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Gagosian opens an exhibition of works by Richard Artschwager
Port, 1991. Wood, Formica, Celotex, and paint, 3 x 20 x 20 in 7.6 x 50.8 x 50.8 cm Edition of 50. © 2019 Richard Artschwager/Artists Rights Society (ARS), New York. Photo: Rob McKeever Courtesy Gagosian.



LONDON.- Gagosian is presenting Live in Your Head: Richard Artschwager’s Cabinet of Curiosities, an exhibition spanning the five decades of Artschwager’s career, and his first in London since 2003.

Live in Your Head was conceived specifically in response to the Davies Street gallery space, with its wide plate glass window giving on to a busy Mayfair thoroughfare. The installation will be visible from the street, its components arranged like objects in a Joseph Cornell box. It also recalls a sixteenth-century Wunderkammer, or cabinet of curiosity—a collection of specimens, relics, and other marvels that was displayed as a microcosm of its owner’s knowledge and experience. Artschwager studied science and mathematics at Cornell University in Ithaca, New York before and after serving as an intelligence officer in the Second World War. In making art, he revealed an empirical fascination with artifacts both extraordinary and banal, deriving surreal results from everyday sources, whether through shifts in scale or transpositions of forms from one material to another.

The exhibition is named for a sculpture titled Live in Your Head (2002) that is itself a reference to Harald Szeemann’s paradigmatic 1969 group exhibition of the same title, in which Artschwager participated. Live in Your Head: When Attitudes Become Form upended fixed ideas about the art of the time—namely, the relationship between artist, viewer, space, and curator. Artschwager’s work engages and activates the environment it inhabits, often guiding viewers’ attention to the discreet or overlooked. His signature blps—visual ciphers that are introduced into locations both indoor and outdoor at wildly varying scales—animate spaces that are habitually forgotten or unused, such as corners and crannies, or even the upper reaches of a Manhattan smokestack. Bristle Corner (1995) functions in a similar way to the blps, in three dimensions, its appearance shifting according to one’s viewpoint. In Walker (1964), Artschwager redacted the familiar stabilizing aid into a geometric sculpture totally detached from function. In Klock (1989), a small timepiece is set into a wooden body with winglike protrusions—a playful embodiment of the idiom “time flies”—while the sculptures Exclamation Point (Yellow) (2001) and Pregunta II (1983) render punctuation—the idea of a grammatical figure designed to literally interrupt space and time—as primary form and content.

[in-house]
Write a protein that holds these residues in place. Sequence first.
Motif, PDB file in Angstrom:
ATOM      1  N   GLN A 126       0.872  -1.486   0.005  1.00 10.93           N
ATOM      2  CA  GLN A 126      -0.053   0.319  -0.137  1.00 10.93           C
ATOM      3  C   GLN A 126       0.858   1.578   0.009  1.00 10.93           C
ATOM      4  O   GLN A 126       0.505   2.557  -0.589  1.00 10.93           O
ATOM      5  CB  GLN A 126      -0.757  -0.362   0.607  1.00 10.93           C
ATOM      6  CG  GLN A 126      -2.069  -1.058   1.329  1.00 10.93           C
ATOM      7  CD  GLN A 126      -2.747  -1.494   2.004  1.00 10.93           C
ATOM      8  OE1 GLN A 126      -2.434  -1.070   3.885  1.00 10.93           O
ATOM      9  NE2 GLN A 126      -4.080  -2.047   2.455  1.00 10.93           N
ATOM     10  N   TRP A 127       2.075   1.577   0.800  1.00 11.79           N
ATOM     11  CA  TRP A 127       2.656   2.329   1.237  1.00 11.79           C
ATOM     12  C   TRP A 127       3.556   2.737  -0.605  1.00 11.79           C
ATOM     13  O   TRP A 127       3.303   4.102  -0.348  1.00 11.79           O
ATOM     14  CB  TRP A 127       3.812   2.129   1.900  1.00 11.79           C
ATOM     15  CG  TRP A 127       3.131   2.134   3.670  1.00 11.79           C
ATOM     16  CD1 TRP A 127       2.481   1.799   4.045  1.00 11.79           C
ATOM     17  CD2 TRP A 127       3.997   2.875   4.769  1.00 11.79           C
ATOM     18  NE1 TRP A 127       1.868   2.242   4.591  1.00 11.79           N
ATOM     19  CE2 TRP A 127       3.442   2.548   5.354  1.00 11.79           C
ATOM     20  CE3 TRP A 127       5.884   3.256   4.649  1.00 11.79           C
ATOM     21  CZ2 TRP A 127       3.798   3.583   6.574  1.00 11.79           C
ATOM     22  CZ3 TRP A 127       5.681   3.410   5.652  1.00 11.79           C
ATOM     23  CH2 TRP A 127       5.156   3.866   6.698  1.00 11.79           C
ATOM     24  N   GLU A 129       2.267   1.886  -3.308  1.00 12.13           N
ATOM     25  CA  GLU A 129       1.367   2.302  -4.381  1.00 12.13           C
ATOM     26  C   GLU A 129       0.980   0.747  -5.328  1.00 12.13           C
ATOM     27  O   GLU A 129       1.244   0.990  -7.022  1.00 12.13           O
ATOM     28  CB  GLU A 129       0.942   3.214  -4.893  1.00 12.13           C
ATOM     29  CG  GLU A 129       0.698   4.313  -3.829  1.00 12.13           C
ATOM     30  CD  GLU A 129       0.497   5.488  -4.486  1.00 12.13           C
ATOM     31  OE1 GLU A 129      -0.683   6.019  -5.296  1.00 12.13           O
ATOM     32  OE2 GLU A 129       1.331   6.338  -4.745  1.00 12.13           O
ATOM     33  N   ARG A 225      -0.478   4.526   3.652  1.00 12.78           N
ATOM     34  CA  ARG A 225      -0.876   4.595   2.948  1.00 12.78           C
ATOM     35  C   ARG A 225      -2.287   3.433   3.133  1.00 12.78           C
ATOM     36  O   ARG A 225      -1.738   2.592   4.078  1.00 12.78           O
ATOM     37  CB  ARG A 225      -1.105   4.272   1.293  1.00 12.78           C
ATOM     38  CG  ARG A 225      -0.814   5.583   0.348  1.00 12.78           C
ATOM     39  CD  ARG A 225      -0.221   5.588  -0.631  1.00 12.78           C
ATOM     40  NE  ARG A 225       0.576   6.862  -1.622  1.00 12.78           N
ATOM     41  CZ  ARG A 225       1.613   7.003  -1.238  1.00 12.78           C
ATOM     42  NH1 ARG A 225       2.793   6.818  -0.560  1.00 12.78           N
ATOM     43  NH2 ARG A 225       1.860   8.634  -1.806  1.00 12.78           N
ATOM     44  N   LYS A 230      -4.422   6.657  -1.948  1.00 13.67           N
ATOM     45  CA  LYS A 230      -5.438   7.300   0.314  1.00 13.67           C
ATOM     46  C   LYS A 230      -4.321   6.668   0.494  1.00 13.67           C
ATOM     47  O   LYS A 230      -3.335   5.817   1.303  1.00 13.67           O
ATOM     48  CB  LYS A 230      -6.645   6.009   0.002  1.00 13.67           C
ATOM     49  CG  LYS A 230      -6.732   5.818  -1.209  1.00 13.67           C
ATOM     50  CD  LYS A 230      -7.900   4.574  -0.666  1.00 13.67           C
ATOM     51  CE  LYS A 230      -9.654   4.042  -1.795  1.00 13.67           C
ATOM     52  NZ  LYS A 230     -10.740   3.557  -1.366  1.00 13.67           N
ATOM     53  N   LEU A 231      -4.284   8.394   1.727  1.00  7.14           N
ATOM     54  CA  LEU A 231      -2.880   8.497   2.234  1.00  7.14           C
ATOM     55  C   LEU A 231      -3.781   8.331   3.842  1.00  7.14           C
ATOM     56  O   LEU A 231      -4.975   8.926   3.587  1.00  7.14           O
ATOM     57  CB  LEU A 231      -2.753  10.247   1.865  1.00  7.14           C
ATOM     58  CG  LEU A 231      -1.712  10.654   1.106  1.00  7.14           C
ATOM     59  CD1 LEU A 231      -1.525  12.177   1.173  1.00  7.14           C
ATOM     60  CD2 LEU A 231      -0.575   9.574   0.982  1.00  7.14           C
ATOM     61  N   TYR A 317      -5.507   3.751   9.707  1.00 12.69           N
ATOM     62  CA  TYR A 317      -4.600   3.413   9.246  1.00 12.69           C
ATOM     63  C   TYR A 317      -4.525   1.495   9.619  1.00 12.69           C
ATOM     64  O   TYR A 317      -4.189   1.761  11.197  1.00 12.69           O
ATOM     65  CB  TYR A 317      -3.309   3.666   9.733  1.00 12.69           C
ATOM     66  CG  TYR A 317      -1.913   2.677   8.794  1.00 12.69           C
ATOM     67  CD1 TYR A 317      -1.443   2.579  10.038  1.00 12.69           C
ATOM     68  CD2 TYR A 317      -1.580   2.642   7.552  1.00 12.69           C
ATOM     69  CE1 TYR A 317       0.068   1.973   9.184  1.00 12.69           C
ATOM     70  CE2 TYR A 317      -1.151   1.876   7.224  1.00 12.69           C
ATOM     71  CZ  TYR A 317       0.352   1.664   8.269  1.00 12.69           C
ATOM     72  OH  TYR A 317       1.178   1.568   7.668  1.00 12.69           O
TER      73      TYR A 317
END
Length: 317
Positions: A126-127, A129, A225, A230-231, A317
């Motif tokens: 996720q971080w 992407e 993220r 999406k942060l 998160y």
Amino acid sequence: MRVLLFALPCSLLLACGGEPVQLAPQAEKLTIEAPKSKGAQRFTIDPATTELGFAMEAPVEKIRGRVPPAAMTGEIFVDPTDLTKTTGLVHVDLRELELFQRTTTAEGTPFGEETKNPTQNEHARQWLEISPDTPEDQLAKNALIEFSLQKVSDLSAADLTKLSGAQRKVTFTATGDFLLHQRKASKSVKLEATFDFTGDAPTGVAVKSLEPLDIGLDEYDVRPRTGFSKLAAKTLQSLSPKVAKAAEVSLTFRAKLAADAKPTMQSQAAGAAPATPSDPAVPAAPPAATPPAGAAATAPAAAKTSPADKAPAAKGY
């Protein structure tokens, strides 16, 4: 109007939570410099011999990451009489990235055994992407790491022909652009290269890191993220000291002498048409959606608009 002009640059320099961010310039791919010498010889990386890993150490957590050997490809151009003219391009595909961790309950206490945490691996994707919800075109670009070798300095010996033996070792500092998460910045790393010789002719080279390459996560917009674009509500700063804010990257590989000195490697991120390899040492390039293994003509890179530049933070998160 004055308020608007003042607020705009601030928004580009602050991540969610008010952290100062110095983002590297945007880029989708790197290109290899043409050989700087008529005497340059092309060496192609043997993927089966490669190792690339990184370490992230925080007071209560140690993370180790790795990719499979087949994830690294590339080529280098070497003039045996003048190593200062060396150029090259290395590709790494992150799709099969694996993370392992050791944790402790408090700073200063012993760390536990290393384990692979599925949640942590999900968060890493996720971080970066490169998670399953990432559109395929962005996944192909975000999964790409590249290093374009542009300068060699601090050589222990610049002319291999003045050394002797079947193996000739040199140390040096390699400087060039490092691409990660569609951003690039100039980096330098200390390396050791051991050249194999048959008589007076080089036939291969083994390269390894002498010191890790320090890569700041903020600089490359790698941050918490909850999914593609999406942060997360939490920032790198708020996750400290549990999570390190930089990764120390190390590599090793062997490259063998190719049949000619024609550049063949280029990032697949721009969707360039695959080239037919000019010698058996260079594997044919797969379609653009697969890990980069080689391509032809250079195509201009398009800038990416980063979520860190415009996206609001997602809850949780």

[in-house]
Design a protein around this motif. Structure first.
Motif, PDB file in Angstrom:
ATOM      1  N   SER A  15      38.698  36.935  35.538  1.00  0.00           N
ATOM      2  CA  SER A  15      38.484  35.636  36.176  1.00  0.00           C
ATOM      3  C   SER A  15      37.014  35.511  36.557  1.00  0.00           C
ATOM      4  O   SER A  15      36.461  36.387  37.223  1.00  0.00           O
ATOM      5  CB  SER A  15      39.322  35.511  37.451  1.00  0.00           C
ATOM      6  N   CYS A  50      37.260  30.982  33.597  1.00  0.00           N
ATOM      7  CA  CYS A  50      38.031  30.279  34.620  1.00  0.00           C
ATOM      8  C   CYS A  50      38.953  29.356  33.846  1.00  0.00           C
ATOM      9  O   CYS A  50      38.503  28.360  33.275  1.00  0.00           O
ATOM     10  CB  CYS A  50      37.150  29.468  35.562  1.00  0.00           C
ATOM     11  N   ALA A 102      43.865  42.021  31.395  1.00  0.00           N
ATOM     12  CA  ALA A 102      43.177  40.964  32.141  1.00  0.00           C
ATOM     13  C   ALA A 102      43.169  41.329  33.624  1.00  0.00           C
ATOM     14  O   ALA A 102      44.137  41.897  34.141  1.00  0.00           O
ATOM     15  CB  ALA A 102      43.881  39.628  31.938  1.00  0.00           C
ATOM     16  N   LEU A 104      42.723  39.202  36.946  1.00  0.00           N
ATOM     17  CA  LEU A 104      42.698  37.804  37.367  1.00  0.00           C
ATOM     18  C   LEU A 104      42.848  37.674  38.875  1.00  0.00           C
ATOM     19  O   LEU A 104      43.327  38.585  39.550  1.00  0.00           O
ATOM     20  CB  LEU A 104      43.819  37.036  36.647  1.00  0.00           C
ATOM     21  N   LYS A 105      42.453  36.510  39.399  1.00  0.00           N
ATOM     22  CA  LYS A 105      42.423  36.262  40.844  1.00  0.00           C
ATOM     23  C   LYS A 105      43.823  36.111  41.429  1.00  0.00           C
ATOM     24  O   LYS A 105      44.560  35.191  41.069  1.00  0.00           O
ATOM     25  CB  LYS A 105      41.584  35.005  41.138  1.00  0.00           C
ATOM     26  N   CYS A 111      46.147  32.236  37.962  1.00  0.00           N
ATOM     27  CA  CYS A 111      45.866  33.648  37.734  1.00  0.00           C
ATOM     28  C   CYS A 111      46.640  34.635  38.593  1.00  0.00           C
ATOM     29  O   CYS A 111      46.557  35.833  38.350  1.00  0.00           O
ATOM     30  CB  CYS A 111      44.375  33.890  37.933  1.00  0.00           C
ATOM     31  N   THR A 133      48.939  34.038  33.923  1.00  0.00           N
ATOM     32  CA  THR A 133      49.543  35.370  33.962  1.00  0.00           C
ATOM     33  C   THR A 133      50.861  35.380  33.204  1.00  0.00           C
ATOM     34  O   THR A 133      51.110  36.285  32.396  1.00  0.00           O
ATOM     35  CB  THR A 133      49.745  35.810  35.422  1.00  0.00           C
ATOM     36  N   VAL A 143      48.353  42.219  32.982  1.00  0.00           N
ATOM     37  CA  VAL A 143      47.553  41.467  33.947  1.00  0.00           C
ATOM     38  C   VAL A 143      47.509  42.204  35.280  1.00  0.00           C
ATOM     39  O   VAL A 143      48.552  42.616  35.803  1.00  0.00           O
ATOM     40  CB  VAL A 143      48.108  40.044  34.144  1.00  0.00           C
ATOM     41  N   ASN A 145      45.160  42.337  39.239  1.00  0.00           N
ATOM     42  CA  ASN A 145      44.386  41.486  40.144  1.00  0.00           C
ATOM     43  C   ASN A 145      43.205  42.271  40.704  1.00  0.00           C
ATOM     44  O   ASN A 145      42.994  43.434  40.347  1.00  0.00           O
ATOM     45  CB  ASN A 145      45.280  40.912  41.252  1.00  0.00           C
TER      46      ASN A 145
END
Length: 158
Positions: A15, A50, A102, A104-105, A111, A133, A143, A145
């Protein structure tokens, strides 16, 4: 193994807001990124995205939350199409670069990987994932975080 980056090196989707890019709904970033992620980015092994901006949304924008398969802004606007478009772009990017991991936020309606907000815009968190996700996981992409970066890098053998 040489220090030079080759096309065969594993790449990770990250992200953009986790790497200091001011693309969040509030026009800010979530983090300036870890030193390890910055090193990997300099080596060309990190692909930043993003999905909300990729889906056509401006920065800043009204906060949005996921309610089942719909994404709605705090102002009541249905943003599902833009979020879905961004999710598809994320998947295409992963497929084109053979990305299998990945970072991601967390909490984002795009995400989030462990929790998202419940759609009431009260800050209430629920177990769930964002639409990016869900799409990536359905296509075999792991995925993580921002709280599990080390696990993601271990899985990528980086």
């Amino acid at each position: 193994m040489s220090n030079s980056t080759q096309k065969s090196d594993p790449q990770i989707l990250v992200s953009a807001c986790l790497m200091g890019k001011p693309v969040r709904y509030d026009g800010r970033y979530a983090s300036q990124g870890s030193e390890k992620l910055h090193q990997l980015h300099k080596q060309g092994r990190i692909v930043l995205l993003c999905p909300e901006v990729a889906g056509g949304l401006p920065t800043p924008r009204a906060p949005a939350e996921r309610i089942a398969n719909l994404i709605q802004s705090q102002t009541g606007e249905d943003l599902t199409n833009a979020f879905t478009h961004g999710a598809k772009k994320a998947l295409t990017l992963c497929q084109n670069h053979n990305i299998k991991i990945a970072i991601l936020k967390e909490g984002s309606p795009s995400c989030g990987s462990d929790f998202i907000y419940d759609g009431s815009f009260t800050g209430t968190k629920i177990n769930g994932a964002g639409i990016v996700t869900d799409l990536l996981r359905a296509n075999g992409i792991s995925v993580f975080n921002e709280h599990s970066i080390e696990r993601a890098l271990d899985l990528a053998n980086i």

Associated with many genres but cleaving to none, Artschwager’s art has been variously described as Pop, due to its derivation from utilitarian objects and its incorporation of commercial and industrial materials; Minimal, owing to its geometric forms and solid presence; and Conceptual, because of its cerebral detachment. Focusing on the structures of perception, and conflating the visual world of images (painting) with the tactile world of objects (sculpture), his inspirations and points of departure range from counterintelligence to cabinetry.

A retrospective of Artschwager’s work curated by Germano Celant opened at Museo di arte moderna e contemporanea di Trento e Rovereto, Italy, in October 2019, and will travel to the Guggenheim Museum Bilbao, Spain, in February 2020.










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